These anecdotal reports are inspiring, but without knowing the savings assumptions, it’s hard to compare figures across plants or companies. As part of the PdM system start-up, the methodology for preparing cost estimates must be agreed upon by all concerned parties for consistency within a plant and company and over future years. If there is a formula for determining the cost of machine downtime, that formula and all of its factors should be agreed on in advance by management, maintenance, and production. If labor or overtime costs are to be manually assigned to different groups, there should be an agreement on how the assignment will be made, and by whom. Because the primary goal of machine condition monitoring is to identify problems and create opportunities for improvements, you must be sure that management, maintenance, and production are interested in hearing about problems in their areas.
In addition, it is important for management to recognize that maintenance costs will probably go up during the first six months of a machine condition-monitoring program before they start on a significant downward path. The primary reason for the increase is that the program will be identifying developing problems that have not become severe enough to be noticed. These less-serious problems may not require immediate attention; however, they should be scheduled during normal maintenance shutdowns.
There is one final consideration that makes agreeing on cost estimates and formulas of vital importance. The financial impact of machine condition monitoring is often so significant that many people will have a hard time believing the numbers. It is not unusual for a program to save tens of thousands of dollars in the first few months and hundreds of thousands of dollars in the first year. One company that included an estimate of the financial impact of lost production and sales in its financial statistics was asked to remove estimates of savings due to machine condition monitoring because the savings were several million dollars a year. Plant management was simply uncomfortable providing estimates of that magnitude to corporate management.
Financial results must also be put into terms that management can understand. Corporate management must review hundreds of pages of documents and reports each day; so to be effective, the reports must be simple, yet informative. Most financial reports should be in summary form and one page long. If additional information is required, management will ask for it. The format of the report should be familiar to management so that it can be quickly reviewed. Two important parameters to cover are ROI and payback period.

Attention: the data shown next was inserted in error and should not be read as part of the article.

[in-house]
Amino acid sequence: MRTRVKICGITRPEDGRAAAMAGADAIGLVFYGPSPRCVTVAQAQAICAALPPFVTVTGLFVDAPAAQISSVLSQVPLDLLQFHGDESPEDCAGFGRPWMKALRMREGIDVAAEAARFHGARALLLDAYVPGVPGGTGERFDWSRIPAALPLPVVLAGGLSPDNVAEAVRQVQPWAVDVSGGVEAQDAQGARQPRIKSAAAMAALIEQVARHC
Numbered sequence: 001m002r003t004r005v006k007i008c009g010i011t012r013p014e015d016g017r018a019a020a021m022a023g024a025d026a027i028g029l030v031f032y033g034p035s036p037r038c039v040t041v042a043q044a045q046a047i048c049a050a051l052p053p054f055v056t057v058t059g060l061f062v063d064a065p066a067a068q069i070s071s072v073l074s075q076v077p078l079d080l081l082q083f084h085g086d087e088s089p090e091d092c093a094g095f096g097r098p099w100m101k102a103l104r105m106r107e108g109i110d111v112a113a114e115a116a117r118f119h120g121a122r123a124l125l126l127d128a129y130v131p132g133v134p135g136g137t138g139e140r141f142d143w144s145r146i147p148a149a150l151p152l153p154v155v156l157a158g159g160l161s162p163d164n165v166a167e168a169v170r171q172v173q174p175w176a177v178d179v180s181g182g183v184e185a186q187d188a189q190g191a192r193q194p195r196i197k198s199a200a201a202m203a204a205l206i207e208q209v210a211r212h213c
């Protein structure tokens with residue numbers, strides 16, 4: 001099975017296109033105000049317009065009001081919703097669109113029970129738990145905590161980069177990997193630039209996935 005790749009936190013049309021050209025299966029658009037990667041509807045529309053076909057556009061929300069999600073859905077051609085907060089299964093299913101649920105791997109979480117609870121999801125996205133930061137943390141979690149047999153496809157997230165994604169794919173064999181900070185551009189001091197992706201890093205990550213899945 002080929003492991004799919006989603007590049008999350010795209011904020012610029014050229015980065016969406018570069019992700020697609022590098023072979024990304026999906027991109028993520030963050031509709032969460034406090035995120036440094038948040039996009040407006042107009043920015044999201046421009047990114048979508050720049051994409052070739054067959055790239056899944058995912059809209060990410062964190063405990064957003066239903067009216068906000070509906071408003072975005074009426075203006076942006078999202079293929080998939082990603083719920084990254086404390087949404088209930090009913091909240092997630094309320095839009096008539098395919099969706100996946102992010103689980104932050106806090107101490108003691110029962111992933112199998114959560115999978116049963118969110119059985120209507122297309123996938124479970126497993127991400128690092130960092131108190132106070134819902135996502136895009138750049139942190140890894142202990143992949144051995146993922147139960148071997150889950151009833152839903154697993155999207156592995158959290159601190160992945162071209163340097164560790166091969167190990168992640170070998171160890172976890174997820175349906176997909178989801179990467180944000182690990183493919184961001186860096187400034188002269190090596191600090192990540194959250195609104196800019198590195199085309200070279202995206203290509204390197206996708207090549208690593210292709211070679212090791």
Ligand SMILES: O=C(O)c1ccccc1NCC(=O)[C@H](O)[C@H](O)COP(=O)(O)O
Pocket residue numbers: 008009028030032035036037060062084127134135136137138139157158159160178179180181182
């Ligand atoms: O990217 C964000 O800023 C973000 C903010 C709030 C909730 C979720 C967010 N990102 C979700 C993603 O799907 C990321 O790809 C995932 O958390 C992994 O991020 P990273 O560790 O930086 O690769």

Periodic documentation of financial performance must be an integral part of the program. This documentation does not have to be complicated, but it does require a commitment of time and energy. Economic data should be collected immediately after a problem has been identified and resolved, when facts, figures, and estimates are still fresh in peoples’ minds.
Many successful programs have developed a simple report format to periodically highlight the financial savings that a program has provided. In addition to keeping management informed about successes, they are a convenient source of information for quarterly or annual reports. They can also be used to highlight significant findings such as the need to improve worker skill levels, consistently poor-quality repairs coming from a specific contractor or repair shop, or concern about operating equipment beyond design capacity. The reports can also be used to educate maintenance and production people on the very real benefits that the program has provided. Finally, they provide valuable documentation to support expanding the program to incorporate new technologies, to include new areas of the plant, or to include new types of equipment.
Include All the Costs
In these financial reports, be sure to include all the appropriate costs related to the PdM system (Figure 3). The typical cost categories of a machine condition-monitoring program include:
- Direct labor and management
- Hardware, software, and installation
- Technical service
|3. Distribution of costs. One survey identified these categories of plant maintenance spending. At this plant, a successful PdM plan implementation reduced maintenance costs and machine breakdown rates by at least 50% each. Source: Rosemount Analytical, Emerson Process Management|
You can estimate the man-hours required by determining the number of points to be monitored, the time required to take a reading or grab an oil sample, and the time required to analyze, interpret, and act on the data. Relatively simple machinery—small motors, pumps, or fans—should have two to three vibration-measurement points per bearing to detect developing problems. In some cases, one overall reading per bearing can be made; however, subtle problems may be difficult to detect. More complex systems may require hundreds of measurement points for critical bearings, gears, and auxiliary equipment. Separate oil systems require separate samples, and electrical systems may require a reading at each contact point.
One company estimates that a vibration technician can monitor 40 to 50 points/hour. Also, you can estimate two to three oil samples/hour, 12 to 20 thermographic readings/hour, and 60 to 90 performance readings/hour. An equivalent amount of time usually is required to review the data, generate reports, and manage the program. For example, if there are 500 measurement points, and the measurement frequency is once per month, approximately two man-days per month will be required for data collection and two man-days per month for data analysis and management. It may take a few months to achieve these levels of efficiency; therefore, additional manpower may be required at the start of the program.